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No Way to Build an Operating System May 29, 2008

Posted by David Card in Media.
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This is no way to build an operating system. Microsoft Watch opines, based on the D6 conference stage show:

    Windows 7 will ship in 2009, almost certainly in time for holiday PCs. Microsoft disclosed today that there would be no major architectural changes from Vista, which would greatly reduce development complications.

Check out this comment, in another of Joe Wilcox’s blogs, that appends some internal e-mails released during the dark days of DoJ.

    MSFT has worked on WinFS for more than a decade without success in making it fast, reliable, and easy-to-use enough for release. The Longhorn “reset” in 2004 was in large part the realization that WinFS was still not ready for primetime.

    At the June 2004 WWDC, Jobs blew away the MSFT engineers in attendance by demonstrating lightning fast Spotlight searches on Tiger (OSX 10.4). The court-released MSFT emails show how flabbergasted they were, and the imperative of getting the Tiger preview DVDs back to Redmond for reverse engineering. Comments by MSFT’s Jim Allchin and Lenn Pryor were priceless.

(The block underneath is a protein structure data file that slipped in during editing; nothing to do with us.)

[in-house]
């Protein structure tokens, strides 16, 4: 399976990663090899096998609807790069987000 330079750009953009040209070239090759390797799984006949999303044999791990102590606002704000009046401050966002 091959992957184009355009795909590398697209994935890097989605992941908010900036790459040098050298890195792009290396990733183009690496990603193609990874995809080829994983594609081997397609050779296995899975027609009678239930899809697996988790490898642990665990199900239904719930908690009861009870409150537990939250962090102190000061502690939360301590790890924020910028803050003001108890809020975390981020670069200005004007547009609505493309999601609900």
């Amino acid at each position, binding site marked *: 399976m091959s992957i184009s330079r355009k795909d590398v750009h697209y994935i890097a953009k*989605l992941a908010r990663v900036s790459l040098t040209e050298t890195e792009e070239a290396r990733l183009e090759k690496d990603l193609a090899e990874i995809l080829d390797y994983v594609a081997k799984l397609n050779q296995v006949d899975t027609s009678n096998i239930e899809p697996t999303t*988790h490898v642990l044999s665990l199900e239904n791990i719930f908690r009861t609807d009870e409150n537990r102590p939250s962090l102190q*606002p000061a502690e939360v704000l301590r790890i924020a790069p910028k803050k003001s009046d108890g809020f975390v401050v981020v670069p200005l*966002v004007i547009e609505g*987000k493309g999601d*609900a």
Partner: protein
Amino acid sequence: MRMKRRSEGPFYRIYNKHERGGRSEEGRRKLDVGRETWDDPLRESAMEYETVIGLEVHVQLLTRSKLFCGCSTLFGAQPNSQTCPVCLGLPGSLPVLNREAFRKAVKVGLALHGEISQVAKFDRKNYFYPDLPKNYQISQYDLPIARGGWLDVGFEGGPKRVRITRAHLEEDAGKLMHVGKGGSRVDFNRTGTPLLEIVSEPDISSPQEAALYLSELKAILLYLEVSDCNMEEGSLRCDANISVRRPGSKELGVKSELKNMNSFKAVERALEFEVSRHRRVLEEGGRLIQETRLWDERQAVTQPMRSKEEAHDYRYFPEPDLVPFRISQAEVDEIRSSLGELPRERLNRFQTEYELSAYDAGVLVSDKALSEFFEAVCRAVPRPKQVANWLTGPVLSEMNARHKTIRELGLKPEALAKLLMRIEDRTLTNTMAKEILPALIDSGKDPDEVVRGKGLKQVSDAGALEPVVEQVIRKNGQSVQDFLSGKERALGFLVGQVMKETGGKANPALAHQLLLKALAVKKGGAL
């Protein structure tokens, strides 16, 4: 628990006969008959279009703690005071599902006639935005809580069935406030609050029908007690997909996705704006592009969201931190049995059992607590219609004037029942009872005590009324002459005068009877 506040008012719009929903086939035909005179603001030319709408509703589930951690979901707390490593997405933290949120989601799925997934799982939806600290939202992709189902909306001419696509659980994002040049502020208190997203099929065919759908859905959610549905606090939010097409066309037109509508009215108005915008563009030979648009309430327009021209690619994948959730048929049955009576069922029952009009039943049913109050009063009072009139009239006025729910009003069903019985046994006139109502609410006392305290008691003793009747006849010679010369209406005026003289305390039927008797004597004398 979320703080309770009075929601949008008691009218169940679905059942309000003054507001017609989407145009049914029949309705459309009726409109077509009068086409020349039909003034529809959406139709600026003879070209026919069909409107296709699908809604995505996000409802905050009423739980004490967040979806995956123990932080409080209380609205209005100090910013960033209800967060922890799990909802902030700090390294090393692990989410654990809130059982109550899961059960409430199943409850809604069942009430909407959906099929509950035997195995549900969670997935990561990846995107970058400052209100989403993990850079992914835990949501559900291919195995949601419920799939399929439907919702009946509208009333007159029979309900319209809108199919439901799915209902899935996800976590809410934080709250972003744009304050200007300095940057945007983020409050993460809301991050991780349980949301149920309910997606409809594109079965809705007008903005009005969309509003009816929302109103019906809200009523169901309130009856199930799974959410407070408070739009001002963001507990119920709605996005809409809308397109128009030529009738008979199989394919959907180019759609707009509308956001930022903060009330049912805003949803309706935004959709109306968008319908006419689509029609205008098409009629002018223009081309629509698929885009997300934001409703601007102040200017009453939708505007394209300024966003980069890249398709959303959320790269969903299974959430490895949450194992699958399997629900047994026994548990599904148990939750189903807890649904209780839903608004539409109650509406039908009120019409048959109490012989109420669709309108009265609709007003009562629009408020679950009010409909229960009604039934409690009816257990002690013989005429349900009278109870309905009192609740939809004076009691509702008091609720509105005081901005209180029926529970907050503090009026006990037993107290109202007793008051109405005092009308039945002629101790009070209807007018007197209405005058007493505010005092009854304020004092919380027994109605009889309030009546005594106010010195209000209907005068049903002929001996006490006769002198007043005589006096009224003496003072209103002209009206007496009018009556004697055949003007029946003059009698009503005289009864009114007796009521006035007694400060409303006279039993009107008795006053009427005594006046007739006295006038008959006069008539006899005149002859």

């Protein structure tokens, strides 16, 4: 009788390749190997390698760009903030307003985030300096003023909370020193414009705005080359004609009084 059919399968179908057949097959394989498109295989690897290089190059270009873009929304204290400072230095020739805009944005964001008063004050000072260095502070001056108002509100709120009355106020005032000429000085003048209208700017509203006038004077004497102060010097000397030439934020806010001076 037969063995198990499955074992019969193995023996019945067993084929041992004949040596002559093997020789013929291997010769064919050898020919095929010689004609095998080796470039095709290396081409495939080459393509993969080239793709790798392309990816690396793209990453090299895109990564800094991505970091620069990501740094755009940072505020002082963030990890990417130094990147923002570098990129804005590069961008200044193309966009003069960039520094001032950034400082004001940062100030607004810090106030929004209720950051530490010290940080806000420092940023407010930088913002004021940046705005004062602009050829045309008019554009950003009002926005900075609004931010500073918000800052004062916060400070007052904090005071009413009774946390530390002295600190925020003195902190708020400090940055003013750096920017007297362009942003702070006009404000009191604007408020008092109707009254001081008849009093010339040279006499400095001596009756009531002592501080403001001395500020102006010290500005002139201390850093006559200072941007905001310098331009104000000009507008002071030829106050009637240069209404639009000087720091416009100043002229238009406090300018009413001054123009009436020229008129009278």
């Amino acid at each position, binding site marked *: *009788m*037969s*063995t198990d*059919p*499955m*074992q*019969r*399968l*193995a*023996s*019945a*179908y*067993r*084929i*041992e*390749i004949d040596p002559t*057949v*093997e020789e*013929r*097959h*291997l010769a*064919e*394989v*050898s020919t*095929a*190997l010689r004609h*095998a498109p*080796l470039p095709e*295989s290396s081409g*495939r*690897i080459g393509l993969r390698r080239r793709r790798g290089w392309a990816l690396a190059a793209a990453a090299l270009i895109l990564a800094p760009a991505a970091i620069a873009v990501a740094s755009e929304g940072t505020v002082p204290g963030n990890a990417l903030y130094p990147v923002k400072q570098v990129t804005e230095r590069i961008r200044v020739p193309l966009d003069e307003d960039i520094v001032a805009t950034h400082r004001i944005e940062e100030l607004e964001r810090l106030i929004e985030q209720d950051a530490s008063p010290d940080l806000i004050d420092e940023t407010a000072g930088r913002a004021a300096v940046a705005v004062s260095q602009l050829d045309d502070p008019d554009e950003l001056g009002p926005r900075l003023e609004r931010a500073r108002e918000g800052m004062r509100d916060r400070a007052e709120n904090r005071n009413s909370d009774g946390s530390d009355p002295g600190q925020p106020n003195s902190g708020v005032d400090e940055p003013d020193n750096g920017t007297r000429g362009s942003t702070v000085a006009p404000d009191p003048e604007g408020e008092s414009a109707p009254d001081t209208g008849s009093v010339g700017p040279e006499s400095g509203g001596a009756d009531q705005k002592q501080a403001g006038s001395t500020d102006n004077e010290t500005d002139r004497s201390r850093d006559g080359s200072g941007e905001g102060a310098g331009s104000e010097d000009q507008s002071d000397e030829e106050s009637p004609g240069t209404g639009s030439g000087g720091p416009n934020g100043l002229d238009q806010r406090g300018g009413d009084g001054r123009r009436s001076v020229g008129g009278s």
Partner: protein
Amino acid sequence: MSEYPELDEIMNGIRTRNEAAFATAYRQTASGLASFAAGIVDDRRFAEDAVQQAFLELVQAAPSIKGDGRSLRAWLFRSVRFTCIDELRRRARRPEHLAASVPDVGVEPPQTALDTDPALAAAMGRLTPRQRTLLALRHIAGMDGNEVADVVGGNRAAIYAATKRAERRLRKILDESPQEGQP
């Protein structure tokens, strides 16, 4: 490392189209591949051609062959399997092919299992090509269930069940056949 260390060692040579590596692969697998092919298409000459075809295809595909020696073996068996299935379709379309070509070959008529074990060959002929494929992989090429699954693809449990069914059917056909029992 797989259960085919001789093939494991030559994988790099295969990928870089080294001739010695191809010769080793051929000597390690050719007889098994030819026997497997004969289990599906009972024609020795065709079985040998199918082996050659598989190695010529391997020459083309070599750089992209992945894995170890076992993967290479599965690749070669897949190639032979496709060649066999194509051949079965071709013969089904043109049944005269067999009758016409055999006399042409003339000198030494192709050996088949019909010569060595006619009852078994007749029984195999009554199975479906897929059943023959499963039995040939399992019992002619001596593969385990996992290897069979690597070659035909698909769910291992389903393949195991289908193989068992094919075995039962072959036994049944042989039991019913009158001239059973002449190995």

Here’s Pryor:

    ” You will have to take Vic’s disk…I am not giving mine up. 😉 Tonight I got on corpnet, hooked up Mail.app to my Exchange server and then downloaded all of my mail into the local file store. I did system wide queries against docs, contacts, apps, photos, music, and my Microsoft email on a Mac. It was f*cking amazing. It is like I just got a free pass to Longhorn land today.”

    Here’s Allchin:

    “Yes. I know. It is hard to take. I don’t believe we will have search this fast.”

So, apparently, the 2009-2010 version of Windows will still not have the next-gen file system I was writing about more than 10 years ago — when “Cairo” was the lead codename — let alone a microkernel with modules for OS “personalities” and compatibility.

You’re gonna fend off Google and cloud computing with a touch screen?? Good luck. I do hope there’s a skunkworks Plan B in the labs. No wonder buying Yahoo “isn’t strategic.”

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